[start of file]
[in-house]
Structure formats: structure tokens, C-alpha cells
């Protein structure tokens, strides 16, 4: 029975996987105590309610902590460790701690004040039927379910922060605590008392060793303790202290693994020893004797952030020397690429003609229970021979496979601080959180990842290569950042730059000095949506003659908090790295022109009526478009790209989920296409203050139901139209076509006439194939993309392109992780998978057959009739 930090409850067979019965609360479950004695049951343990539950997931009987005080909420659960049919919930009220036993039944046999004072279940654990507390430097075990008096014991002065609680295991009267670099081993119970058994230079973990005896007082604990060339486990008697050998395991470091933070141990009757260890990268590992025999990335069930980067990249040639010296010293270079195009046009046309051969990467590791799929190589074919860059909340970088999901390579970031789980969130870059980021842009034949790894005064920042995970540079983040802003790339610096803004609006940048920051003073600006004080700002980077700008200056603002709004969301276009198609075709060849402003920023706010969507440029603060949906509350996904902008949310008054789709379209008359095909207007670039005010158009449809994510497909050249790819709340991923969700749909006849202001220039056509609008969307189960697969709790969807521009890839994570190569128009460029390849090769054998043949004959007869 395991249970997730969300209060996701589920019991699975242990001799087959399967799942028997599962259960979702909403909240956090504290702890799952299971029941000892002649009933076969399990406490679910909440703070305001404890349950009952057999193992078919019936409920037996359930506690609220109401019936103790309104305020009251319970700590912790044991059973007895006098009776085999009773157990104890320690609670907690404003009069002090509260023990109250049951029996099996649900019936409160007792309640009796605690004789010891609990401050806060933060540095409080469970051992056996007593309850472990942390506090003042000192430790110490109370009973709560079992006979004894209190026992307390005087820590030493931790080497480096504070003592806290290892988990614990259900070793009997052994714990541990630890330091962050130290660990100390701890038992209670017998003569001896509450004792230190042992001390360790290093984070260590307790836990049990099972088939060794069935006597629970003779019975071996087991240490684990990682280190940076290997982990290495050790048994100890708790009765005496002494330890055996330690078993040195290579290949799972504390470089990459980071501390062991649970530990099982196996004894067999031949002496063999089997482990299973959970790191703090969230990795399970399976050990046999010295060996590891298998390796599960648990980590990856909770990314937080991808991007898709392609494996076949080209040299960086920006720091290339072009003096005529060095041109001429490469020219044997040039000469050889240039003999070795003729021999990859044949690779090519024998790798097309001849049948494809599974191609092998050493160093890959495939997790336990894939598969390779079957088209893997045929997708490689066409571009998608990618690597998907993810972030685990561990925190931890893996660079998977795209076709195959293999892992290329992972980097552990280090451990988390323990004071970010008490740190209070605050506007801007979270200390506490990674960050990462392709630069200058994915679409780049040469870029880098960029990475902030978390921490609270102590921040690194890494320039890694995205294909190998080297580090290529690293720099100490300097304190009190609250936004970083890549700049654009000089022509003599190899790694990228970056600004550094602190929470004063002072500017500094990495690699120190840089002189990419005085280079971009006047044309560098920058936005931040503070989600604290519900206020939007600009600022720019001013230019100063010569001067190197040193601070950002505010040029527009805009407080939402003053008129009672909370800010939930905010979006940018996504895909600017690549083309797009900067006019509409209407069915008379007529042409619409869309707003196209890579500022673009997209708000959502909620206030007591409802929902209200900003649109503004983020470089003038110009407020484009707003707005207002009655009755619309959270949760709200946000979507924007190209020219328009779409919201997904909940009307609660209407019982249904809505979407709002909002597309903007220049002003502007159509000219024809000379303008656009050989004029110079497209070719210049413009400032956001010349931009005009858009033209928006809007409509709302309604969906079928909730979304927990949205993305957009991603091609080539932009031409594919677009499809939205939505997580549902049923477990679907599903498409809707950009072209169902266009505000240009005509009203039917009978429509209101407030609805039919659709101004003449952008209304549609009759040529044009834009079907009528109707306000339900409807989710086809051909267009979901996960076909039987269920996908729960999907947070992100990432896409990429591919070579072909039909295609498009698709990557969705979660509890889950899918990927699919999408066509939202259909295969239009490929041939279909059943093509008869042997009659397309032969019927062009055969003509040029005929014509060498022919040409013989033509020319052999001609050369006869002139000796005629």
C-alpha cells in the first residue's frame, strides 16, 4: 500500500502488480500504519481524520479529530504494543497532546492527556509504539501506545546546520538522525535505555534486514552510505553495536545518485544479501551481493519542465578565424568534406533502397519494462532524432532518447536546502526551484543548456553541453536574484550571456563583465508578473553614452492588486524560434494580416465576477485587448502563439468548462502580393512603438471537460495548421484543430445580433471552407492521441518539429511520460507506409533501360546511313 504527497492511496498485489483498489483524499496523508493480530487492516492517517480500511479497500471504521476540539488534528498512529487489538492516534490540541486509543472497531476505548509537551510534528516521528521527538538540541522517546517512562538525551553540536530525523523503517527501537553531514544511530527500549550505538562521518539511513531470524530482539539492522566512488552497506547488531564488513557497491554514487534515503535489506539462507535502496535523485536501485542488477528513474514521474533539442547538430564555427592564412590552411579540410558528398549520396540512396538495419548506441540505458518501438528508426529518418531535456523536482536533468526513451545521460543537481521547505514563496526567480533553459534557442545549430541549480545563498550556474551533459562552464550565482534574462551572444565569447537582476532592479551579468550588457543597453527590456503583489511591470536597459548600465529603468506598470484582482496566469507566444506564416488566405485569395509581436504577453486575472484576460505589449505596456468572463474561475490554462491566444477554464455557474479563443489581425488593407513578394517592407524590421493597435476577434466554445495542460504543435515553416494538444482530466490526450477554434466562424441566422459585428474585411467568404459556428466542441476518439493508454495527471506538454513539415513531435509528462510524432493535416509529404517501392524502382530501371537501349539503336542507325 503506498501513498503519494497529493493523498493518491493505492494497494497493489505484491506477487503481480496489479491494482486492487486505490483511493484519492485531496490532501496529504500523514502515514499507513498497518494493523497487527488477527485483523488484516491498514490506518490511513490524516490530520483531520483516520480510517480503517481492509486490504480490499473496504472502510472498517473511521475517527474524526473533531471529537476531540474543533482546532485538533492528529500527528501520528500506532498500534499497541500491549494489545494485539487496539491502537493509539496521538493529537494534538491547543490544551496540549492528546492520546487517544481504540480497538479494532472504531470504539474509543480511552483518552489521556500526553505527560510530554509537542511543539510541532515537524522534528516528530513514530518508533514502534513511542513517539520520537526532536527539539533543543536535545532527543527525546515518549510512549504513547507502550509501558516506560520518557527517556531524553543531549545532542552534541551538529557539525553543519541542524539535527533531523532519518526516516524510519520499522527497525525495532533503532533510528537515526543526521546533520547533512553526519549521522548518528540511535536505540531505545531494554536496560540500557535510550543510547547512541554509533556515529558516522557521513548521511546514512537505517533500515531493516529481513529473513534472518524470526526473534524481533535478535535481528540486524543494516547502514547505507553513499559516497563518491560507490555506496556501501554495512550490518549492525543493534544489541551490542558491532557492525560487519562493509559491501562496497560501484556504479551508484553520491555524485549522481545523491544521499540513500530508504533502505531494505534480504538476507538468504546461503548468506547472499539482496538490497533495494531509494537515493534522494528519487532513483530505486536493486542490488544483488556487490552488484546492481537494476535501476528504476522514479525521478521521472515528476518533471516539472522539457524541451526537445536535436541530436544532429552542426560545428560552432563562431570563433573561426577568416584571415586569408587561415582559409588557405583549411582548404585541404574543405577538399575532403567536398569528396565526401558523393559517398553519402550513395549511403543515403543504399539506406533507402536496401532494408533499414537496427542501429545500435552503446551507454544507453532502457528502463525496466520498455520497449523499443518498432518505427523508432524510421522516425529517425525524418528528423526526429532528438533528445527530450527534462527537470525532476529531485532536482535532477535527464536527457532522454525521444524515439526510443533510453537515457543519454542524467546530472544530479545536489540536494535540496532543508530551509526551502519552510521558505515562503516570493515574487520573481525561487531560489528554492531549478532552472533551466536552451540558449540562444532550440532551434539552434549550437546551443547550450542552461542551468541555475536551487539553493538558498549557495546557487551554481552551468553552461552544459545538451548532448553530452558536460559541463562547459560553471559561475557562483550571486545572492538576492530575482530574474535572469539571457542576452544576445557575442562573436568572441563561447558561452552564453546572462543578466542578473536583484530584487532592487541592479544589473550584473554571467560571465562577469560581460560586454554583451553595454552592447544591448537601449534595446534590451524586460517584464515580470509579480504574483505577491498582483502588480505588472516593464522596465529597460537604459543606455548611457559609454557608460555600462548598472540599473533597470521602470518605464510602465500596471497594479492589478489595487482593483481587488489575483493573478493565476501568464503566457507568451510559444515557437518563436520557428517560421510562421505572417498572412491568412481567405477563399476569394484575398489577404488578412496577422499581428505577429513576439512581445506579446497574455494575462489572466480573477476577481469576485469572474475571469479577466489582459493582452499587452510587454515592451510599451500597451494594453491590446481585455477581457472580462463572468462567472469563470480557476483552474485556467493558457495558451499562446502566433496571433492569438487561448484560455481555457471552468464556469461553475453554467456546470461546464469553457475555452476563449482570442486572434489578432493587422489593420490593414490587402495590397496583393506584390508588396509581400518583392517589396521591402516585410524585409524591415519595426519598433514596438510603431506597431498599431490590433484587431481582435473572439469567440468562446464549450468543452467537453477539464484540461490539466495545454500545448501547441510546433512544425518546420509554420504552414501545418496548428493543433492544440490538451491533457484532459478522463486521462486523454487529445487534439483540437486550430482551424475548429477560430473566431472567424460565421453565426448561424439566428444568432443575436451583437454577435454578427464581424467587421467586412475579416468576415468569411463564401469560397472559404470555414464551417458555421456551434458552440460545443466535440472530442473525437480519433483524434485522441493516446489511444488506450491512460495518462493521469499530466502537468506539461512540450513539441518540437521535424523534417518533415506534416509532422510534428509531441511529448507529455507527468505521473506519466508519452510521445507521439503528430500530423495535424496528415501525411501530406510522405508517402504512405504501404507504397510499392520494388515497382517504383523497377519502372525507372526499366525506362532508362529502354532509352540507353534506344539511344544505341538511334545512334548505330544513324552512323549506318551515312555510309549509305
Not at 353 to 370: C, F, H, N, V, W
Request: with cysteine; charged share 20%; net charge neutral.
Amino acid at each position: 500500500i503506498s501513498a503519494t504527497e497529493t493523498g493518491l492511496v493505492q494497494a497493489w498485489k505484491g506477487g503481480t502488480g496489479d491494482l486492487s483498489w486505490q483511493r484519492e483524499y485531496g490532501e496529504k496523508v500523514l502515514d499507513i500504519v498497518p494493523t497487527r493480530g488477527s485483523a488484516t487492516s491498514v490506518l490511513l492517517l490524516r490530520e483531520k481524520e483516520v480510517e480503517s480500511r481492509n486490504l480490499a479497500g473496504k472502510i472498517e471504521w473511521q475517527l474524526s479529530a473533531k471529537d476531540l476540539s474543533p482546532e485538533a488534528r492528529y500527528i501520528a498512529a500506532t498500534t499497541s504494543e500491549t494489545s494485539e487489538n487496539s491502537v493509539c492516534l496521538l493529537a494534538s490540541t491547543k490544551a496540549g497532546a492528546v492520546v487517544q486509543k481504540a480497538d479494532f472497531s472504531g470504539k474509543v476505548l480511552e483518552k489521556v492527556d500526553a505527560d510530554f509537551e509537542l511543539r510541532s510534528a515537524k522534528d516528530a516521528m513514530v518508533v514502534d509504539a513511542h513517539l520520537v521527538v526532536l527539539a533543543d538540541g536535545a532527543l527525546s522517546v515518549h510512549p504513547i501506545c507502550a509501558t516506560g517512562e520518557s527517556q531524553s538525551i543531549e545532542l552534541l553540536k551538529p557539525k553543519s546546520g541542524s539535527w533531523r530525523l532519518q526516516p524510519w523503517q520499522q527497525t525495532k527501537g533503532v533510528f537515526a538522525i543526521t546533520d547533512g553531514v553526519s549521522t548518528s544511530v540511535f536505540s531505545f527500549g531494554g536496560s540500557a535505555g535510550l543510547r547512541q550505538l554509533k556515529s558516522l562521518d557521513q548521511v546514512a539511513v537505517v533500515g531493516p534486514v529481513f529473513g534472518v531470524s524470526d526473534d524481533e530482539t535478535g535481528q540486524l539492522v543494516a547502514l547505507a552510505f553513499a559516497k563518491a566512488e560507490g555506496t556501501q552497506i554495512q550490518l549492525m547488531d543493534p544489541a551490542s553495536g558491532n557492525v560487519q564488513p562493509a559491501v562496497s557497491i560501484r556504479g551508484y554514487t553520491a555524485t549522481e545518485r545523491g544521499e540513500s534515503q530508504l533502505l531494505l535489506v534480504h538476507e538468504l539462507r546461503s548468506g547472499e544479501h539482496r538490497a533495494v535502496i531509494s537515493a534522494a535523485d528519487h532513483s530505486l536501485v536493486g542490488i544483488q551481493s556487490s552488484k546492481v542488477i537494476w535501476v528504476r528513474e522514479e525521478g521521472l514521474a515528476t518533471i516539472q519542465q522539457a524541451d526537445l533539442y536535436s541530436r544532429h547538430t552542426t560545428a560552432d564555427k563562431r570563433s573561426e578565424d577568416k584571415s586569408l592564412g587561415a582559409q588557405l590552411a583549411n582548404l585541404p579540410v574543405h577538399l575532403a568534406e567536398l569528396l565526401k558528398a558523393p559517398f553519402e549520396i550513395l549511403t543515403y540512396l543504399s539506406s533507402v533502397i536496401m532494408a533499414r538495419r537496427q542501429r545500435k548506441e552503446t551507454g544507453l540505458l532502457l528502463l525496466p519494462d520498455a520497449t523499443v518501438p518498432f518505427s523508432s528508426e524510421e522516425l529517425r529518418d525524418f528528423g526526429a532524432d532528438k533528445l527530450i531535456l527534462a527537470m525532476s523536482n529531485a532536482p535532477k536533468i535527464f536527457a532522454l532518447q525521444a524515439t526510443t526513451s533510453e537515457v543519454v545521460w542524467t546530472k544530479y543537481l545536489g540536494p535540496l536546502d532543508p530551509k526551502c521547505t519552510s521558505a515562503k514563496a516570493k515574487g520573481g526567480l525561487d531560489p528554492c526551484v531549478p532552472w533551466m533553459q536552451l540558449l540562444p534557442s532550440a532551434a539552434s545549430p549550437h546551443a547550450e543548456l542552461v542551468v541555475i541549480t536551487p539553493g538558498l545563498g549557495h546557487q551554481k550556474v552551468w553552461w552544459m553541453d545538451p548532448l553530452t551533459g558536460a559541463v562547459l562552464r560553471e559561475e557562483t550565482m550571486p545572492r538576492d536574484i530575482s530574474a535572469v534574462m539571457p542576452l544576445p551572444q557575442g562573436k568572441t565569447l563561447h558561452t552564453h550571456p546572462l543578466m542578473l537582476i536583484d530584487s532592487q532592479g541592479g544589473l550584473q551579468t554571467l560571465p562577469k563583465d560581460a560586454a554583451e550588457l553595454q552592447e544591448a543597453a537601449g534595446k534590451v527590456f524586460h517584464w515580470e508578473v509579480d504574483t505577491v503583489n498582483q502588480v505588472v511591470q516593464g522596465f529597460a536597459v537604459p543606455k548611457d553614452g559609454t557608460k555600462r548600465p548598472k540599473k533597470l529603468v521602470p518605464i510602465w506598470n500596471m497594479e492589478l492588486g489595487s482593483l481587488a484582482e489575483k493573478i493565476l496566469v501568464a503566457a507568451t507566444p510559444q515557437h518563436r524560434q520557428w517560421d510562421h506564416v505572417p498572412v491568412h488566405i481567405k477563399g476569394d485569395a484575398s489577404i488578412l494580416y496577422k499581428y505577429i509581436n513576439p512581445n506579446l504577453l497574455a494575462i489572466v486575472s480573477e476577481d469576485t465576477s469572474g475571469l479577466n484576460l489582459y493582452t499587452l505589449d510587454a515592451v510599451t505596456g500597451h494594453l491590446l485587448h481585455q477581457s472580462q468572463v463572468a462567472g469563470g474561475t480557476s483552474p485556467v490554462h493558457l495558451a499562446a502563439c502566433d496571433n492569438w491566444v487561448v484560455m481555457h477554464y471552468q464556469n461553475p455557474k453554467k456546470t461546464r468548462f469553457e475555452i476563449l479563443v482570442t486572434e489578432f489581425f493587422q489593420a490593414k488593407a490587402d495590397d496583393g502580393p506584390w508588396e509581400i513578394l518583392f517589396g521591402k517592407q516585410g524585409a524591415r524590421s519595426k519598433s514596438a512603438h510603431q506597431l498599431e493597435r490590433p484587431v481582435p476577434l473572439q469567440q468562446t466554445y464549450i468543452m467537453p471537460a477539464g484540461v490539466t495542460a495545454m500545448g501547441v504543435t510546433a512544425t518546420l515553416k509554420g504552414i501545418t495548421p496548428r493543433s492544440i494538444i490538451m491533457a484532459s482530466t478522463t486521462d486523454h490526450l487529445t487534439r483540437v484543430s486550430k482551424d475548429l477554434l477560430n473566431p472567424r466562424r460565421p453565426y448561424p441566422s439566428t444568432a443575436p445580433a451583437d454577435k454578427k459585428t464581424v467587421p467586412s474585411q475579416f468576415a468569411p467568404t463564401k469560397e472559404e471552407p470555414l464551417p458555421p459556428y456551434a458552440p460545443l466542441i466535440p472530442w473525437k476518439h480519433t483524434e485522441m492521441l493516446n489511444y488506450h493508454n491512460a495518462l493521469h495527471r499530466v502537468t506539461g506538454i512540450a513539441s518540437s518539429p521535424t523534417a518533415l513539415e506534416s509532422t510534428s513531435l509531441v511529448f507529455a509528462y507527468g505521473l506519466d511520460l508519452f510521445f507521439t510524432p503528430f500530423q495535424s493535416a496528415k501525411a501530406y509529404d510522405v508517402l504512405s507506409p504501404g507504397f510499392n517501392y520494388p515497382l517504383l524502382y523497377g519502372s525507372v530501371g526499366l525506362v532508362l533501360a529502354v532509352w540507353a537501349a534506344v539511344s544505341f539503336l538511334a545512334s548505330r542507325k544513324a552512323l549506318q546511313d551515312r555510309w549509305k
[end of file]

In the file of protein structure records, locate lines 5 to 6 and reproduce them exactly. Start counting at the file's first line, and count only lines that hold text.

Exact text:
Not at 353 to 370: C, F, H, N, V, W
Request: with cysteine; charged share 20%; net charge neutral.